PJ Harvey Brings Spellbinding Talent to Houston...Finally

Note: Unfortunately, media photography was not permitted during Saturday's show.
Note: Unfortunately, media photography was not permitted during Saturday's show.
Photo by Maria Mochnacz/Courtesy of Nasty Little Man

PJ Harvey
Revention Music Center
April 29, 2017

It’s been a while since PJ Harvey has laid eyes on a Houston audience. Though the UK songstress has toured the U.S. as recently as 2011, her path hadn't come through Houston since 2001. That is, until Saturday night at Revention Center in support of her 2016 release, The Hope Six Demolition Project.

To say that this highly anticipated show was long overdue would be redundant in the least, and by the way she held the audience's attention, Harvey proves overdue shows may be the key to mesmerizing performances. That and a captivating musical auditory feast for hungry ears.

Houston is all too often passed over on national tours, so when it was announced Harvey would be stopping here, a certain anticipatory buzz seemed to move through local music social-media circles for good reason. PJ Harvey is a superlative musician like no other.

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Saturday, she appeared onstage in some kind of Mohawk hairdo and a deep-purple dress with asymmetrical sleeves. Her delicate, long, white hands fluttered and swayed to her music, reaching out to the audience almost as if conducting. It was hard not to recall England’s old Sumptuary Laws that allowed only royalty to wear the color purple, and how fitting it was for her to choose that color for herself.

Harvey’s performance was undeniably magnetic; all eyes focused sharply on her every move. At one point, all spotlights turned crowdward in a blinding white light that seemed to last for more than a few verses. While it gave Harvey a moment to reverse that intensity of focus back to her listeners, it also cleverly shifted attention from the visage of Harvey and her huge band back to the music.

And there she was, orchestrating the entire experience just like that. Intimate, compelling and transcendent, the evening lasted 20 songs' worth of a woman possessed by music. There was no lag in her performance, no hiccups in sound or execution — only what seemed like a soulful spectacle of a woman with incredible command of her own voice.

Harvey’s voice translates into nothing less than a certain kind of holiness. Saturday, she was able to emit a note that seemed to expand to fill the entire venue, literally vibrating the walls without being loud or abrasive. Her ability to manipulate octaves effortlessly is one thing, but it’s quite another that she moves through styles as well. All in one song, Harvey could be a seducer, a songstress, a banshee and a witch casting a sonic spell over her audience.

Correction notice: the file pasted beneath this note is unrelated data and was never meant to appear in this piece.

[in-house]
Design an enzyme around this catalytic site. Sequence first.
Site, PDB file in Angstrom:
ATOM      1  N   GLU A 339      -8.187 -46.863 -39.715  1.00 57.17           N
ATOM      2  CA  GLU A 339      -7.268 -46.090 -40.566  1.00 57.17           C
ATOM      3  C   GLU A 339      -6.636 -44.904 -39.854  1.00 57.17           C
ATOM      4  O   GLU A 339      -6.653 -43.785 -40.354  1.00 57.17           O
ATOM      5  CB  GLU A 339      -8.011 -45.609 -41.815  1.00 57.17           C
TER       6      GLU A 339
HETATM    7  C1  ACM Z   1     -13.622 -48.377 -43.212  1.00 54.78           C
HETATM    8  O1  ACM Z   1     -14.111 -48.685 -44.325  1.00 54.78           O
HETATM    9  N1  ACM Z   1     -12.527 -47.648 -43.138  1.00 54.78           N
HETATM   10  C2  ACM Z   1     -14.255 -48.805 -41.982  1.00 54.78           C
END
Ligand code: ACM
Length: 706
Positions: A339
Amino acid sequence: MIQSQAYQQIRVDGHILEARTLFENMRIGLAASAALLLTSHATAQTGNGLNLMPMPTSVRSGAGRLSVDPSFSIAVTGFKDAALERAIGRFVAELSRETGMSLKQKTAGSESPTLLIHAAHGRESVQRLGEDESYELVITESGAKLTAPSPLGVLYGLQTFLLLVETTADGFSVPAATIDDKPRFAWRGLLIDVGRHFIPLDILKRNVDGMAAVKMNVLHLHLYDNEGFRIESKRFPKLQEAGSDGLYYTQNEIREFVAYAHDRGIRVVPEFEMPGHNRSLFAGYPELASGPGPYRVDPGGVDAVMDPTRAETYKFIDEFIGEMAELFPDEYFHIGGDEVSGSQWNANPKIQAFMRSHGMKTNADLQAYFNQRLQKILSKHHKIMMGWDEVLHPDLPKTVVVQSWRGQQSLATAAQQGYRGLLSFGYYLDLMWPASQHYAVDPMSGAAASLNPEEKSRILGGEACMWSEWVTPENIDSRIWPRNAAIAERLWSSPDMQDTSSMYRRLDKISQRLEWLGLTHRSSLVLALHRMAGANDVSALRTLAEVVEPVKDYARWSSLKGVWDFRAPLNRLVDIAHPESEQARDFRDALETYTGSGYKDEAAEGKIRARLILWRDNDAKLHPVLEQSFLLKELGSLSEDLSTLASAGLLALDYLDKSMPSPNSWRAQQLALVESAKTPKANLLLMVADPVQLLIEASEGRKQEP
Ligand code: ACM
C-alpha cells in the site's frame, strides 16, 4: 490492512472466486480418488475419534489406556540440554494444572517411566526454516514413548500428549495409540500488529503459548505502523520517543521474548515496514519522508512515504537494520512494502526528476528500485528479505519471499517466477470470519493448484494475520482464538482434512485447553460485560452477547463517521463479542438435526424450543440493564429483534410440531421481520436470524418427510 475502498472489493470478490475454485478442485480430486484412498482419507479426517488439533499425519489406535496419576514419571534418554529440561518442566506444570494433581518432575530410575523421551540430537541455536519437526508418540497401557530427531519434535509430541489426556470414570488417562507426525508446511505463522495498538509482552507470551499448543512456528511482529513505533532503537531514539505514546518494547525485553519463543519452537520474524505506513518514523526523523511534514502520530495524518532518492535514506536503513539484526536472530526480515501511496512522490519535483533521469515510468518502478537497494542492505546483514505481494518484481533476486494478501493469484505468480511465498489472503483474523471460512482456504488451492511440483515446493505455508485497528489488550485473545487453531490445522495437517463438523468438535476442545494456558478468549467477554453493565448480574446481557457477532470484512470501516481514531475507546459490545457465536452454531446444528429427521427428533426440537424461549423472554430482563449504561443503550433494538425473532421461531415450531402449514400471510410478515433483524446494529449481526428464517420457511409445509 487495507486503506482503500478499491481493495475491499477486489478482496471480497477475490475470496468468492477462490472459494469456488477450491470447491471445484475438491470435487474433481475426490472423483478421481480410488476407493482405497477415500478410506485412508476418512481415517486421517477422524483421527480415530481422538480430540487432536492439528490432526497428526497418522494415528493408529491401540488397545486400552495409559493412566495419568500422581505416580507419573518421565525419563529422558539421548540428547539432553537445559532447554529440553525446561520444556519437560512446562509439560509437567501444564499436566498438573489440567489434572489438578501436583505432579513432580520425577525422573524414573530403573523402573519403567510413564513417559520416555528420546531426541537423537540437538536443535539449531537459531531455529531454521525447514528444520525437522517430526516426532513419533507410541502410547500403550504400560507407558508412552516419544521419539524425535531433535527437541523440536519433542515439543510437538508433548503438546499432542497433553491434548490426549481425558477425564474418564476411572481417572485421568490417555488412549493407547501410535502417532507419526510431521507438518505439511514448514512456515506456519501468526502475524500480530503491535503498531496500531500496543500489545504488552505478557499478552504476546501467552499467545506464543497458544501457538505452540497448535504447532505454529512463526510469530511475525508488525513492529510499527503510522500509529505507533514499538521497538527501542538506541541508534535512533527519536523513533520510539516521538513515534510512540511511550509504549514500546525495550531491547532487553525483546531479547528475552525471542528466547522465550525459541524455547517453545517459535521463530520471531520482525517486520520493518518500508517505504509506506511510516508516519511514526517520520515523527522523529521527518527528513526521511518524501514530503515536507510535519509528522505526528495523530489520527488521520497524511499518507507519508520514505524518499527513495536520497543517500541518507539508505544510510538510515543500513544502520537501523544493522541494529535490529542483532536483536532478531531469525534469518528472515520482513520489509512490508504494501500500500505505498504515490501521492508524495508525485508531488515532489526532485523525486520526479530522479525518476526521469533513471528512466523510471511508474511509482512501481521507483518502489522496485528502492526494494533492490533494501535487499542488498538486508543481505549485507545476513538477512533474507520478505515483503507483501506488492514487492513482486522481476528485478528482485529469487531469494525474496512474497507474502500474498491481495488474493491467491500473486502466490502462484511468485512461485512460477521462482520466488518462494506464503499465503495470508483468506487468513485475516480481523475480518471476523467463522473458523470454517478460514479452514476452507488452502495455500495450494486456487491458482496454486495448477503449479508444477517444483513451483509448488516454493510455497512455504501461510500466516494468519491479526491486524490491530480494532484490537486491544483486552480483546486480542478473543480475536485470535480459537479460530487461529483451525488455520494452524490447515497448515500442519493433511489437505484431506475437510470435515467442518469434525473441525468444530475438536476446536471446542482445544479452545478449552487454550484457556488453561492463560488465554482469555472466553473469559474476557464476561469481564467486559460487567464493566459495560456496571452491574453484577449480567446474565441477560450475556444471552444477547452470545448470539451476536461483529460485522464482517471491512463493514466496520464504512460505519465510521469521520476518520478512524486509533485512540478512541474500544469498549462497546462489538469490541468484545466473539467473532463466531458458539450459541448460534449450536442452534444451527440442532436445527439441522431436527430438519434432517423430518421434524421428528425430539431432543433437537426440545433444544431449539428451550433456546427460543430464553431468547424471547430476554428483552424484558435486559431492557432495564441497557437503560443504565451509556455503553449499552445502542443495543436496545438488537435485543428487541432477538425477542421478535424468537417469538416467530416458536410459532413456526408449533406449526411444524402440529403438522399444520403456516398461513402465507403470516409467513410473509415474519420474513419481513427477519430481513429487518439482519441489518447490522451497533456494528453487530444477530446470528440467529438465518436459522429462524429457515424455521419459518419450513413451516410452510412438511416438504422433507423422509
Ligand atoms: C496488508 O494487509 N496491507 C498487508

Her mastery of songwriting extends to her performance, gorgeously. “To Bring You My Love” was but one example of how she communicates the ineffable emotions of deep love through music, at once interior, visceral and sexual without even the edge of vulgarity. She continues to defy classification because she remains in a category of her own. Playing a saxophone alongside the other woodwinds in her ten-piece band, Harvey commanded a certain level of participation not only from the audience and her bandmates, but from herself.

Yet, remarkably, not one moment about the show was really about her. She didn’t gush into the microphone, or act unusually guarded or, worse, disconnected — she introduced her band professionally and continued with the performance. This show was never about her or her celebrity, but the magic of music and its incredible power when played live.

And while any concert may have an important visual component, on Saturday Harvey’s music was paramount. Astoundingly adept whether in deep alto or soaring soprano, her vocal genius shone through onstage. And, for that, we can only hope that her star shines on the Bayou City again soon. Because 16 years was far too long an absence.

Audience: Full of musicians and fans old enough to recall when PJ Harvey was a new artist.

Overheard in the Crowd: Absolutely nothing. This audience was rapt, hanging onto Harvey's every note, every move. How could they not?

SET LIST
Chain of Keys
Ministry of Defense
Community of Hope
The Orange Monkey
A Line in the Sand
Let England Shake
The Words that Maketh Murder
The Glorious Land
Written on the Forehead
To Talk To You
Dollar, Dollar
The Devil
The Wheel
The Ministry of Social Affairs
50 ft. Queenie
Down By the Water
To Bring You My Love
River Anacostia

ENCORE
Medicinals
The River

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